Sunday, November 23, 2008

Music review: Michael Unger, organist

By Greg Stepanich

There are many neglected rooms in the mansion of music, when it comes to the average listener, and one of those rooms holds music for the organ.

This is unfortunate primarily because there is a rich and fascinating literature for the instrument, and on Sunday afternoon one of its rising young practitioners showed an audience at the First Presbyterian Church in Delray Beach how diverse that repertoire really is.

Michael Unger, a Canadian musician now living in upstate New York, appeared as a featured recitalist under the auspices of the Palm Beach, Fort Lauderdale and Miami chapters of the American Guild of Organists. He proved to be a marvelous player, with fleet fingers and feet, a willingness to apply wide dynamic range in the sanctuary, and a strong, puckish sense of programming.

A good case in point was the piece that opened the second half, the Prelude et Danse Fuguee of the blind French organist Gaston Lataize, written in 1964. This is a wonderfully weird work, with an opening that lurches and stumbles across a harmonic field full of prickly plants and a disjunct melodic line that gets entrusted to the pedals. In that half Unger also programmed the Toccata alla Rumba, a clever piece by the Austrian composer Peter Planyavsky in which the rumba rhythm was topped by a slipping, sliding tune that sounded somewhat cartoonish, but none the less enjoyable for that.

Unger brought off both pieces in high style, as he did his entire program, which also included music of the German Baroque: The E minor Prelude and Fugue (BWV 548) of J.S. Bach, and the first theme-and-variations from Johann Pachelbel's Hexachordum Appollinis. He proved to be a strong Bach player, giving a forceful, majestic reading of this canonical masterwork, though it could have used a bit more shading and contrast in the fugue section.

In the Pachelbel, a much more delicate work than the Bach, Unger made full use of the varied registrations for each variation, though the whole thing did have a very appealing antique flavor. It served as a salutary reminder of how much of this composer's work has been overlooked in favor of the deathless D major canon.

But compelling variety was the order of the day for this recital, which also included a powerful passacaglia from one of the many organ sonatas of Josef Rheinberger (No. 8, Op. 132), played here with all-out Romantic tilt, and a sparkling, utterly French scherzo movement from the Second Symphony of Andre Fleury. That piece, a kind of perpetual-motion exercise, demonstrated Unger's ability to play an almost continual line of rising and falling scales throughout the piece and keep them smooth and unbroken.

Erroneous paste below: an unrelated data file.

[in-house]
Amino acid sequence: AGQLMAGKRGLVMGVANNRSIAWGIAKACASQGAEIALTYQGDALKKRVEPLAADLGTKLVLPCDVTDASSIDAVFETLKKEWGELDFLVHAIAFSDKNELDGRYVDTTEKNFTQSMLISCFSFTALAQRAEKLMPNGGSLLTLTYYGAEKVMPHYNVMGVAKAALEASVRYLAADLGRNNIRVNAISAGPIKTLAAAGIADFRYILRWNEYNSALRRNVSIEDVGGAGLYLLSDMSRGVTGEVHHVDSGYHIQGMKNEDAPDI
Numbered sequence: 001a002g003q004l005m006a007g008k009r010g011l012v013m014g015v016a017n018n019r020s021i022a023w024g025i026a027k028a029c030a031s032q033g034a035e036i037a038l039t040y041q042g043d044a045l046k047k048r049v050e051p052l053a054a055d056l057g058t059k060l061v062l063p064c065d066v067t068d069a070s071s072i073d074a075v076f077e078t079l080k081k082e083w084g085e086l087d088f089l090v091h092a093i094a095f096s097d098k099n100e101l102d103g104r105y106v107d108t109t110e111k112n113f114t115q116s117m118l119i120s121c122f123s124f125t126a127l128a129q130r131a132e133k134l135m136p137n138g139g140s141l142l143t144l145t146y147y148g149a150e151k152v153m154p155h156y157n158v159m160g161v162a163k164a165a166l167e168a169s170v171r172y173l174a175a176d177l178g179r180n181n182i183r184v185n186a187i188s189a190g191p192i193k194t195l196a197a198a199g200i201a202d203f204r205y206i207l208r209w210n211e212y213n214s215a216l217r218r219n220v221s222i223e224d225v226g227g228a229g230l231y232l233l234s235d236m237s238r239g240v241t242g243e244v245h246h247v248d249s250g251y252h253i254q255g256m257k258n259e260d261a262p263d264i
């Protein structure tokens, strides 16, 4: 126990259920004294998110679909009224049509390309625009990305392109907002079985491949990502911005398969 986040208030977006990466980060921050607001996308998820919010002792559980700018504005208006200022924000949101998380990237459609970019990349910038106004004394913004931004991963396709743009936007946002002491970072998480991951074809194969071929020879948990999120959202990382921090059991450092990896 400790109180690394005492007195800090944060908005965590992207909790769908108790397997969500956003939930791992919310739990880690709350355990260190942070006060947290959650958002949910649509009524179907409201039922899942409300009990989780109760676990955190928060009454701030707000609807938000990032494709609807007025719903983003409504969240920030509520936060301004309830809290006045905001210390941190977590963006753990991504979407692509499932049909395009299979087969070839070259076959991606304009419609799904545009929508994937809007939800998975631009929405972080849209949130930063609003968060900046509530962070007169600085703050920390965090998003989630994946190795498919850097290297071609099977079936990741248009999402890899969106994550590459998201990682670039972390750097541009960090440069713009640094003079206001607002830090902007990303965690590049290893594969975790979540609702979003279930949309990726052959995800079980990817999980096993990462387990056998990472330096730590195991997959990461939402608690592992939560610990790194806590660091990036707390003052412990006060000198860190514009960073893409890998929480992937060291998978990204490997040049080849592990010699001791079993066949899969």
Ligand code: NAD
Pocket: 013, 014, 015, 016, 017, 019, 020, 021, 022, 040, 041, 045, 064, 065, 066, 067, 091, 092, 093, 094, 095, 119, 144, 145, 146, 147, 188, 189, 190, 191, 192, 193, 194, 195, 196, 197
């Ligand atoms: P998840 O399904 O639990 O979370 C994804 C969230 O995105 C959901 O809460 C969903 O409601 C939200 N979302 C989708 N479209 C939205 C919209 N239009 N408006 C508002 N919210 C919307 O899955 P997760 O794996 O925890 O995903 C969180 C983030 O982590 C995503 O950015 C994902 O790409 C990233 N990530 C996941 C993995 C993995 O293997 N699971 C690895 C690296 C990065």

The Canadian composer Hugh Bancroft's Pastorale of 1945 introduced a composer with a sense of modality and melody that recalled his early years in England, and Unger made a persuasive case for it. He closed his recital with three works by the Belgian composer and organist Joseph Jongen, and in this subset of the recital could be seen all of Unger's strengths again: sterling technique, a well thought-out concept of what the pieces were trying to say, and an ear for fresh repertoire.

Authoritative sources say only Jongen's organ music has any current hold in the repertory, and this is a shame. Here is a composer whose pieces have an engaging melodic profile and a good sense of narrative surprise; one isn't quite sure where the music is going, but is happy to go along for the ride. The Priere (op. 37, No. 4) has a lovely tune and a deeply meditative quality, and the Scherzetto (Op. 108, No. 1) had a light, bubbly theme that was closer in spirit to the meaning of the word scherzo — joke — than many other such pieces.

The recital closed with Jongen's Toccata, Op. 104, a big piece that summoned the spirit of Widor but also a had a sharp quality to its harmonies that was more forward-looking. Unger played the work with admirable strength and high spirits, and with untiring hands at the service of the toccata's always-on compositional motor.

Michael Unger is finishing his doctorate at the Eastman School, and it's clear he is already a very fine organist who undoubtedly has an impressive career ahead of him. And with adventurous, interesting programming like this, there should be no reason musically inquisitive audiences won't come out to hear him.

1 comment:

Clare Shore said...

I wasn't able to attend Mr. Unger's recital and so I thank you for the wonderful review, Greg!
It sounds as if living composers have a worthy and versatile advocate in him.

- Clare